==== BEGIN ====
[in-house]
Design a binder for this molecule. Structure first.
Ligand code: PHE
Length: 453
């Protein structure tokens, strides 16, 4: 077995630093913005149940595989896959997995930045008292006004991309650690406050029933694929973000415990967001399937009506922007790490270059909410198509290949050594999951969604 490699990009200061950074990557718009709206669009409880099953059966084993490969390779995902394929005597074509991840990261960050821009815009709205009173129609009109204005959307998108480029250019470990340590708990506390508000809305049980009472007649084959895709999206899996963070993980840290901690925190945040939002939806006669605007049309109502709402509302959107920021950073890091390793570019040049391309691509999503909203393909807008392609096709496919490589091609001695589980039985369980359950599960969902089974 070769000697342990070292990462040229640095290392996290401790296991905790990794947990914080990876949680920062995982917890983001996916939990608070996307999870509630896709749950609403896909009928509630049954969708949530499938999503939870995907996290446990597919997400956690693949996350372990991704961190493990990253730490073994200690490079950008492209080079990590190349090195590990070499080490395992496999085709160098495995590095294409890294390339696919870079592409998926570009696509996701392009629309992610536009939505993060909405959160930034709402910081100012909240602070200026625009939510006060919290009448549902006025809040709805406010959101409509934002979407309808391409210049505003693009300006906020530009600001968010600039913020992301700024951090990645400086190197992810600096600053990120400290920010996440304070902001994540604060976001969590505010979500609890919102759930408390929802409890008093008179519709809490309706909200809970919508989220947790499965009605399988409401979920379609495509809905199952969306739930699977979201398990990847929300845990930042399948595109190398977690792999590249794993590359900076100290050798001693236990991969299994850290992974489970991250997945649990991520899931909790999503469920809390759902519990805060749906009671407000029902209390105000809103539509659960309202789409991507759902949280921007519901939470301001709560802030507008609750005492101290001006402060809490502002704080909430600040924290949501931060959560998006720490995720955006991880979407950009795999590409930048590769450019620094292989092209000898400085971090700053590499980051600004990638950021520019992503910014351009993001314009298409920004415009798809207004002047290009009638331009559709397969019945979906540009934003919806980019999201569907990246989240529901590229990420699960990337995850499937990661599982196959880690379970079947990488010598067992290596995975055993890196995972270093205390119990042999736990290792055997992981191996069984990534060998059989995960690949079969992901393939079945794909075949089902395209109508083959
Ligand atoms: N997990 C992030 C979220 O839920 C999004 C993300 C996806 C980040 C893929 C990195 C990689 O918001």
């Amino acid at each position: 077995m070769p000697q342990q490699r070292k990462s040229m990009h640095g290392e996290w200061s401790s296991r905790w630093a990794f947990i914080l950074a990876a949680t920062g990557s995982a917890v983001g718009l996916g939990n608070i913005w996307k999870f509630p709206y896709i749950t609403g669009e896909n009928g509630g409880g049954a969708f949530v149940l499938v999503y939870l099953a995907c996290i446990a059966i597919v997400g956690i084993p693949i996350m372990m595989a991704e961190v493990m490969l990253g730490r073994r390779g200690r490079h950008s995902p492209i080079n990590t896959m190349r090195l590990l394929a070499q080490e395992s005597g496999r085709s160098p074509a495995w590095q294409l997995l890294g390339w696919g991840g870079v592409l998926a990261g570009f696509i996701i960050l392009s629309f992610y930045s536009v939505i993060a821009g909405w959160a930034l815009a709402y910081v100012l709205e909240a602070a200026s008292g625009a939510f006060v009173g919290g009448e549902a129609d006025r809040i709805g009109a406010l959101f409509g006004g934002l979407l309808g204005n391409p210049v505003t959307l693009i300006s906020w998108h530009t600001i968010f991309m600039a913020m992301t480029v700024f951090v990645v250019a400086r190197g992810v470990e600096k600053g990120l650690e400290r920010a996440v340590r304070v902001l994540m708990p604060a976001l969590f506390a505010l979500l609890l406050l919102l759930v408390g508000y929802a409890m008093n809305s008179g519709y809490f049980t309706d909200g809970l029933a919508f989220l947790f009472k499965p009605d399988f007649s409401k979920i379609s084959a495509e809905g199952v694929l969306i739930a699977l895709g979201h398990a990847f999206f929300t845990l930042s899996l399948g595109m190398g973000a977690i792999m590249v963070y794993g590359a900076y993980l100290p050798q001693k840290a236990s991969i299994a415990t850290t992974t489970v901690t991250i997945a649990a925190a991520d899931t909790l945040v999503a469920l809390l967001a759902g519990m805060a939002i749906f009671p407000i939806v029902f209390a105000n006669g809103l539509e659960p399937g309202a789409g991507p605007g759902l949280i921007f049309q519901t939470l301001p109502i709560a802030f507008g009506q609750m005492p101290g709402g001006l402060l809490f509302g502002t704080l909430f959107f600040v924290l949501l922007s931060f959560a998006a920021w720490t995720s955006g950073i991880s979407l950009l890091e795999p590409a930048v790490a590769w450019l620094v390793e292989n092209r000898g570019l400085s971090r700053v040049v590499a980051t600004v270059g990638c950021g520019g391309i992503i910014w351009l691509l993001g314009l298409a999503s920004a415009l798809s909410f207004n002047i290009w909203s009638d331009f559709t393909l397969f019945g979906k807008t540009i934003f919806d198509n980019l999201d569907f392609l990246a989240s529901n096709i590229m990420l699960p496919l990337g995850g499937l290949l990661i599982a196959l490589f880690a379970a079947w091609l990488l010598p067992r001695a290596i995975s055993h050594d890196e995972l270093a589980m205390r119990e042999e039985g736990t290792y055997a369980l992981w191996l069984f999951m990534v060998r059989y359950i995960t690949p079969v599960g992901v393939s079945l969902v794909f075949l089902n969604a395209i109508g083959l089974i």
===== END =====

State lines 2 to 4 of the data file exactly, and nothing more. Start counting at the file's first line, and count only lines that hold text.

Design a binder for this molecule. Structure first.
Ligand code: PHE
Length: 453